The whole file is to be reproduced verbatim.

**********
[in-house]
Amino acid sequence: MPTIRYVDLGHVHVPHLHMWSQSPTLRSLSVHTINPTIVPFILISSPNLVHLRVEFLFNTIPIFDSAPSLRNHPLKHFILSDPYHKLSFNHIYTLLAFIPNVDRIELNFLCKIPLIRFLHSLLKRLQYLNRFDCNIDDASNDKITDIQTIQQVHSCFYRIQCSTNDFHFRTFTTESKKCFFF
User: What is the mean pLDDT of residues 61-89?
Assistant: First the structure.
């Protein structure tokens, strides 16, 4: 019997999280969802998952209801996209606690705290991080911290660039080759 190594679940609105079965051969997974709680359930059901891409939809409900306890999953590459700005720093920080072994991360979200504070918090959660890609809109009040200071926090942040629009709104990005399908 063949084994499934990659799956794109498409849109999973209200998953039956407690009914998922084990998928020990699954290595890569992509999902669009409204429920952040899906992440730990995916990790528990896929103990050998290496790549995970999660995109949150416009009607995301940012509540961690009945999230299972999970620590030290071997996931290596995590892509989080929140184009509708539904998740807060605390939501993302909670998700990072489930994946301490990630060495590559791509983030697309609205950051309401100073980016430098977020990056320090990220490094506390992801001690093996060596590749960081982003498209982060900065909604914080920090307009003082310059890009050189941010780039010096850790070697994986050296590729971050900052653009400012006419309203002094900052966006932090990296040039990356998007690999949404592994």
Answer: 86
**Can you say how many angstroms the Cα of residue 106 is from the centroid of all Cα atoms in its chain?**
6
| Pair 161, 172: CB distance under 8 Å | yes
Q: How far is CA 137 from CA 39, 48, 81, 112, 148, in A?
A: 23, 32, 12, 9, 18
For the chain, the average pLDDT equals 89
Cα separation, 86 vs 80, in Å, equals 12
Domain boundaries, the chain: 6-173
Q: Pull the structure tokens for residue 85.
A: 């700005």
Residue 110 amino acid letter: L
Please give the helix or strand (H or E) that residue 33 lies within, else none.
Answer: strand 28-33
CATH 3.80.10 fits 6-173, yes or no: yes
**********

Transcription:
[in-house]
Amino acid sequence: MPTIRYVDLGHVHVPHLHMWSQSPTLRSLSVHTINPTIVPFILISSPNLVHLRVEFLFNTIPIFDSAPSLRNHPLKHFILSDPYHKLSFNHIYTLLAFIPNVDRIELNFLCKIPLIRFLHSLLKRLQYLNRFDCNIDDASNDKITDIQTIQQVHSCFYRIQCSTNDFHFRTFTTESKKCFFF
User: What is the mean pLDDT of residues 61-89?
Assistant: First the structure.
């Protein structure tokens, strides 16, 4: 019997999280969802998952209801996209606690705290991080911290660039080759 190594679940609105079965051969997974709680359930059901891409939809409900306890999953590459700005720093920080072994991360979200504070918090959660890609809109009040200071926090942040629009709104990005399908 063949084994499934990659799956794109498409849109999973209200998953039956407690009914998922084990998928020990699954290595890569992509999902669009409204429920952040899906992440730990995916990790528990896929103990050998290496790549995970999660995109949150416009009607995301940012509540961690009945999230299972999970620590030290071997996931290596995590892509989080929140184009509708539904998740807060605390939501993302909670998700990072489930994946301490990630060495590559791509983030697309609205950051309401100073980016430098977020990056320090990220490094506390992801001690093996060596590749960081982003498209982060900065909604914080920090307009003082310059890009050189941010780039010096850790070697994986050296590729971050900052653009400012006419309203002094900052966006932090990296040039990356998007690999949404592994």
Answer: 86
**Can you say how many angstroms the Cα of residue 106 is from the centroid of all Cα atoms in its chain?**
6
| Pair 161, 172: CB distance under 8 Å | yes
Q: How far is CA 137 from CA 39, 48, 81, 112, 148, in A?
A: 23, 32, 12, 9, 18
For the chain, the average pLDDT equals 89
Cα separation, 86 vs 80, in Å, equals 12
Domain boundaries, the chain: 6-173
Q: Pull the structure tokens for residue 85.
A: 């700005």
Residue 110 amino acid letter: L
Please give the helix or strand (H or E) that residue 33 lies within, else none.
Answer: strand 28-33
CATH 3.80.10 fits 6-173, yes or no: yes